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I have a file containing many chemical formulas throughout. I need to mark any text that is a chemical formula. I want to search a file for any place containing a combination of at least one chemical symbol and at least one number, and add \chemical{} around it. E.g. H2O becomes \chemical{H2O} and FeS2 becomes \chemical{FeS2}.

  • The chemicals are bounded by spaces () or forward-slashes (/". E.g.: /Ar becomes /\chemical{Ar}, but Arizona should not be identified as ` \chemical{Ar}izona".
  • Combinations containing no numbers should be ignored.
  • I found this list which I think has every possible chemical name: "Ac, Ag, Al, Am, Ar, As, At, Au, B, Ba, Be, Bh, Bi, Bk, Br, C, Ca, Cd, Ce, Cf, Cl, Cm, Cn, Co, Cr, Cs, Cu, Db, Ds, Dy, Er, Es, Eu, F, Fe, Fm, Fr, Ga, Gd, Ge, H, He, Hf, Hg, Ho, Hs, I, In, Ir, K, Kr, La, Li, Lr, Lu, Md, Mg, Mn, Mo, Mt, N, Na, Nb, Nd, Ne, Ni, No, Np, O, Os, P, Pa, Pb, Pd, Pm, Po, Pr, Pt, Pu, Ra, Rb, Re, Rf, Rg, Rh, Rn, Ru, S, Sb, Sc, Se, Sg, Si, Sm, Sn, Sr, Ta, Tb, Tc, Te, Th, Ti, Tl, Tm, U, Uuh, Uuo, Uup, Uuq, Uus, Uut, V, W, Xe, Y, Yb, Zn, Zr".

How can I find all of the chemical formulas appearing in the file?

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1  
How about a plain regex? It should match a space delimited token containing (chemicalsymbol digit*)+, where chemicalsymbol is any element on the list you provided. –  Călin Darie Mar 11 '12 at 6:00
1  
@calin Presumably he doesn't want to go write nearly the same regex 118 times. –  Kevin Mar 11 '12 at 6:05

2 Answers 2

I'd use Perl. It is more monotonous than exciting. You create a regex containing all the alternative symbols, and then build up a more complex regex from that and some other bits and pieces:

#!/usr/bin/env perl
use strict;
use warnings;

my $symbols = "Ac|Ag|Al|Am|Ar|As|At|Au|B|Ba|Be|Bh|Bi|Bk|Br|C|Ca|Cd|Ce|Cf|Cl|Cm|Cn|Co|Cr|Cs|Cu|Db|Ds|Dy|Er|Es|Eu|F|Fe|Fm|Fr|Ga|Gd|Ge|H|He|Hf|Hg|Ho|Hs|I|In|Ir|K|Kr|La|Li|Lr|Lu|Md|Mg|Mn|Mo|Mt|N|Na|Nb|Nd|Ne|Ni|No|Np|O|Os|P|Pa|Pb|Pd|Pm|Po|Pr|Pt|Pu|Ra|Rb|Re|Rf|Rg|Rh|Rn|Ru|S|Sb|Sc|Se|Sg|Si|Sm|Sn|Sr|Ta|Tb|Tc|Te|Th|Ti|Tl|Tm|U|Uuh|Uuo|Uup|Uuq|Uus|Uut|V|W|Xe|Y|Yb|Zn|Zr";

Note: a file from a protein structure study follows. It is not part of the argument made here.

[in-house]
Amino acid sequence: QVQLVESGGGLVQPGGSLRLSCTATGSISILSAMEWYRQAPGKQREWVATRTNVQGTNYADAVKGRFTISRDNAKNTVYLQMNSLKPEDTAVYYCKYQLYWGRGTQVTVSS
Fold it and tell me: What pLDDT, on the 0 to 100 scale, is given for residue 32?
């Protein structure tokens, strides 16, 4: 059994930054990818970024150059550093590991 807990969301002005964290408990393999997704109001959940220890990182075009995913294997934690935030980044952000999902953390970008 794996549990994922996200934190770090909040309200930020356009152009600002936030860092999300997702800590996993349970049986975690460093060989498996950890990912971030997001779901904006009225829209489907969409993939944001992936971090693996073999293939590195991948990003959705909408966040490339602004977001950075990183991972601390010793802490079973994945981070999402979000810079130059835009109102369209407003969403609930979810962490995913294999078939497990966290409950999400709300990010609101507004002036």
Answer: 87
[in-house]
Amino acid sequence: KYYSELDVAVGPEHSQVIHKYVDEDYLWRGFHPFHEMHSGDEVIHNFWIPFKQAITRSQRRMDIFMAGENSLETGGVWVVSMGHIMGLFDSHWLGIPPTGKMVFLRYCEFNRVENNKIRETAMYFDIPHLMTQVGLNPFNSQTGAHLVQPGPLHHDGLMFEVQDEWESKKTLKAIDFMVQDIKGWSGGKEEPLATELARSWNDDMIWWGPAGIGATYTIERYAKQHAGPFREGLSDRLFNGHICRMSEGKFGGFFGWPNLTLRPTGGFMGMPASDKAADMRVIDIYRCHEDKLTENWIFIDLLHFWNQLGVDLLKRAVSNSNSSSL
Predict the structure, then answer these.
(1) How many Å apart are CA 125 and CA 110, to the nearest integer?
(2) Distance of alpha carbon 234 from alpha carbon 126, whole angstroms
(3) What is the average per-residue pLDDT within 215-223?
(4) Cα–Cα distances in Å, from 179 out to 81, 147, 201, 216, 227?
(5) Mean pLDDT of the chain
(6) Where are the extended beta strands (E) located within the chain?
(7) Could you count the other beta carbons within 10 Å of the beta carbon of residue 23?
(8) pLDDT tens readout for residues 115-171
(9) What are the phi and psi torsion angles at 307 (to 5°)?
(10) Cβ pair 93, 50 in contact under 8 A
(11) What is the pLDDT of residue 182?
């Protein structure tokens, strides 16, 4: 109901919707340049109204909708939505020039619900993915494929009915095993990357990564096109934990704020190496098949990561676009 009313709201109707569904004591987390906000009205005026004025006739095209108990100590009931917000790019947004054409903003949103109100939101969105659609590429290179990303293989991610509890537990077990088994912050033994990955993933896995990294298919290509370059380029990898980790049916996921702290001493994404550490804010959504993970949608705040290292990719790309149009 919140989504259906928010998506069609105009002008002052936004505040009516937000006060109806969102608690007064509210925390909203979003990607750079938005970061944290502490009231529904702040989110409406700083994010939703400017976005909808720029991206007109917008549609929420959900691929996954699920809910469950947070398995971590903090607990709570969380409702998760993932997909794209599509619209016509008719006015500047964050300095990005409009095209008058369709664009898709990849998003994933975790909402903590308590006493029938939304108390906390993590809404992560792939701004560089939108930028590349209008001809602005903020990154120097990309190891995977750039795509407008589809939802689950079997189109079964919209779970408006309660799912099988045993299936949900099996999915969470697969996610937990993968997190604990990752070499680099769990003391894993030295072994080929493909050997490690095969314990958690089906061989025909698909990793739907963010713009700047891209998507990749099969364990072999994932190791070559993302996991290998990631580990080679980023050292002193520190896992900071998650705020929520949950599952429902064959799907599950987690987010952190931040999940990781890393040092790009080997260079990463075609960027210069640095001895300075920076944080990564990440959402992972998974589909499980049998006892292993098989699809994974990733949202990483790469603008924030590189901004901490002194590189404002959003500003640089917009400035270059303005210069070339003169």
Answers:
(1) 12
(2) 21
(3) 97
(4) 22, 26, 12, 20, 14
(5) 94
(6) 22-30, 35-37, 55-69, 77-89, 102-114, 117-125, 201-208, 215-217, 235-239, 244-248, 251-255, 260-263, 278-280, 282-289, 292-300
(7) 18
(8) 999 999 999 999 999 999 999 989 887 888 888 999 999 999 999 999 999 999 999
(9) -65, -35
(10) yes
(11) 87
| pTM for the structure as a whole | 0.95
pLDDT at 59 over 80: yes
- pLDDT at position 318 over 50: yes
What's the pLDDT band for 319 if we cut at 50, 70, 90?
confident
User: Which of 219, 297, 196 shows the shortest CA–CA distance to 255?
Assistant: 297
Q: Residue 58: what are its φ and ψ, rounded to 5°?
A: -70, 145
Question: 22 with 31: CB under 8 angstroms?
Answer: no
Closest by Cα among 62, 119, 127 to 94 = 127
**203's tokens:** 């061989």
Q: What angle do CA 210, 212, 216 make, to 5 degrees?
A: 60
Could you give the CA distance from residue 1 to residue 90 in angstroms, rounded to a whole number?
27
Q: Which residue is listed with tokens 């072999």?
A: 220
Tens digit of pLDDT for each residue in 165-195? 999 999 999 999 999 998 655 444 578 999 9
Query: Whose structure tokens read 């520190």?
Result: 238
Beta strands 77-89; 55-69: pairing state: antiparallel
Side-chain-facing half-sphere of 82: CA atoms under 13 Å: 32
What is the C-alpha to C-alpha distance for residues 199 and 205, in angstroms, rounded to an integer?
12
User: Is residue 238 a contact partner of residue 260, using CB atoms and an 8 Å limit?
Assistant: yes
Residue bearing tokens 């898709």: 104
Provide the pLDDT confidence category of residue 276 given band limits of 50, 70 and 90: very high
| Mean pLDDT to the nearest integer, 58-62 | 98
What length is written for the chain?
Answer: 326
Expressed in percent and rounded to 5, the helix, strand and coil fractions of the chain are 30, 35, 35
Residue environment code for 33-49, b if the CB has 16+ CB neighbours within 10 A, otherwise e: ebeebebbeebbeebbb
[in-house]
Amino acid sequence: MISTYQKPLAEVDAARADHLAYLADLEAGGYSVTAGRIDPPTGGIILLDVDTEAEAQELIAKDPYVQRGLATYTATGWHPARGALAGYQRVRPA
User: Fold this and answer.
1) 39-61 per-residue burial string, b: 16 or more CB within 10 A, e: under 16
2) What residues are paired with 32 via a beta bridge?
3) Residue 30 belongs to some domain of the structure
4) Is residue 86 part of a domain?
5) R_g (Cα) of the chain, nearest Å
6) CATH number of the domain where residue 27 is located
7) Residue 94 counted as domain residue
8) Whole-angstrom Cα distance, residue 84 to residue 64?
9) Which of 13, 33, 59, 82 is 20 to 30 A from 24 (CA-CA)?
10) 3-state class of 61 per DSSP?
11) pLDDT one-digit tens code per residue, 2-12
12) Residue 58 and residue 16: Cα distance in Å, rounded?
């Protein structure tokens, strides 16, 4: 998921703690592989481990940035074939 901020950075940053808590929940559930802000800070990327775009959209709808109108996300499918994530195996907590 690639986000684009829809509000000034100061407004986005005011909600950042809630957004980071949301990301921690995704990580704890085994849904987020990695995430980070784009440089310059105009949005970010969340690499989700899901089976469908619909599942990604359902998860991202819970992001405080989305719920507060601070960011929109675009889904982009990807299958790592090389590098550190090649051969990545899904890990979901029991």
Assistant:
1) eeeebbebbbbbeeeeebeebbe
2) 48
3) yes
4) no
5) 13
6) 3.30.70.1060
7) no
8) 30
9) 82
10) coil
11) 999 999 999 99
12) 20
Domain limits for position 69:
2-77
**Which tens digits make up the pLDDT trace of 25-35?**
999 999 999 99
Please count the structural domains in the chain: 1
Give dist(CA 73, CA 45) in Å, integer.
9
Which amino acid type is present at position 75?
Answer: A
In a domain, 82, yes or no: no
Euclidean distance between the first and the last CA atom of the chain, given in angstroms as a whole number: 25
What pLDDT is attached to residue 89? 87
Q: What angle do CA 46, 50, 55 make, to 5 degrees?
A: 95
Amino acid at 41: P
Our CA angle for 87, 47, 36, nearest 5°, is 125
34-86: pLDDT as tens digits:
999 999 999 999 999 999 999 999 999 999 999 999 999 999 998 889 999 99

#my $symbols = "Ac|Ag|Al|...|Y|Yb|Zn|Zr";

my $regex = qr{ ([/ ]) ( (?:$symbols) (?: \d (?:$symbols) )* \d? ) ([ /]) }x;

printf "$regex\n";

while (<>)
{
    s/$regex/$1\\chemical{$2}$3/g;  # Handles first and third (, ...) in H2O CO2 H2SO4
    s/$regex/$1\\chemical{$2}$3/g;  # Handles second (fourth, ...)
    print $_;
}

The first capture deals with the space or slash before the symbol. The second capture is gruesome, using the humungous string in $symbols twice. The (?:...) are purely for grouping, not capture. The pattern looks for a chemical symbol, optionally followed by zero or more sequences of a digit and another symbol, possibly with a trailing digit. Note that this is what you specified, but will miss compounds such as H2SO4, CO2, KMnO4, and so on. You can pick those up with a simple adaptation:

my $regex = qr{ ([/ ]) ( (?:$symbols) (?: \d* (?:$symbols) )* \d* ) ([ /]) }x;

I'm also assuming single digits in all compounds. That works for many, but some of the longer hydrocarbons won't be so good: CH4, C2H6, C3H8, C4H10, ... Again, you can deal with that by replacing the 0-or-1 ? with 0-or-more *. You still have problems with commas after compounds in lists, compounds at the beginning of a line, compounds at the end of a line, etc — your specification rules them all out.

You might do better replacing the first and third captures with \b to mark the boundary between 'words' and 'non-words', where a chemical symbol would count as a word. This deals with the issues with commas and beginning and end of line, but picks up more than you specified.

my $regex = qr{ \b ( (?:$symbols) (?: \d* (?:$symbols) )* \d* ) \b }x;

printf "$regex\n";

while (<>)
{
    s/$regex/\\chemical{$1}/g;
    print $_;
}

Note that this formulation doesn't need the double substitution; a single one is sufficient, so it is definitely cleaner.

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Using awk:

awk 'BEGIN{
  strElements="Ac Ag Al Am Ar As At Au B Ba Be Bh Bi Bk Br C Ca Cd Ce Cf Cl Cm Cn Co Cr Cs Cu Db Ds Dy Er Es Eu F Fe Fm Fr Ga Gd Ge H He Hf Hg Ho Hs I In Ir K Kr La Li Lr Lu Md Mg Mn Mo Mt N Na Nb Nd Ne Ni No Np O Os P Pa Pb Pd Pm Po Pr Pt Pu Ra Rb Re Rf Rg Rh Rn Ru S Sb Sc Se Sg Si Sm Sn Sr Ta Tb Tc Te Th Ti Tl Tm U Uuh Uuo Uup Uuq Uus Uut V W Xe Y Yb Zn Zr"
  n = split(strElements, arrElements)
  for(i = 0; i < n; i++)
    hashElements[arrElements[i]] = 1}
  {for(i = 1; i <= NF; i++) {
    str = substr($i, 1, 1) == "/" ? substr($i, 2) : $i
    n = split(str, elements, "[0123456789]+")
    while (n > 0) {if (!(elements[n] in hashElements)) break; n--}
    if (n == 0)
      $i = (substr($i, 1, 1) == "/" ? "/" : "") "\\chemical{" str "}"
    }
  print}' your_file

The idea of the script is the following:

  1. Build a hash of all elements (in awk, arrays are associative).
  2. For each line, take one word at a time, split it by number, and see if each subword is an element.
  3. If it is the case, surround the chemical with the wanted string.

Of course, some logic need to be added to consider the special character /.

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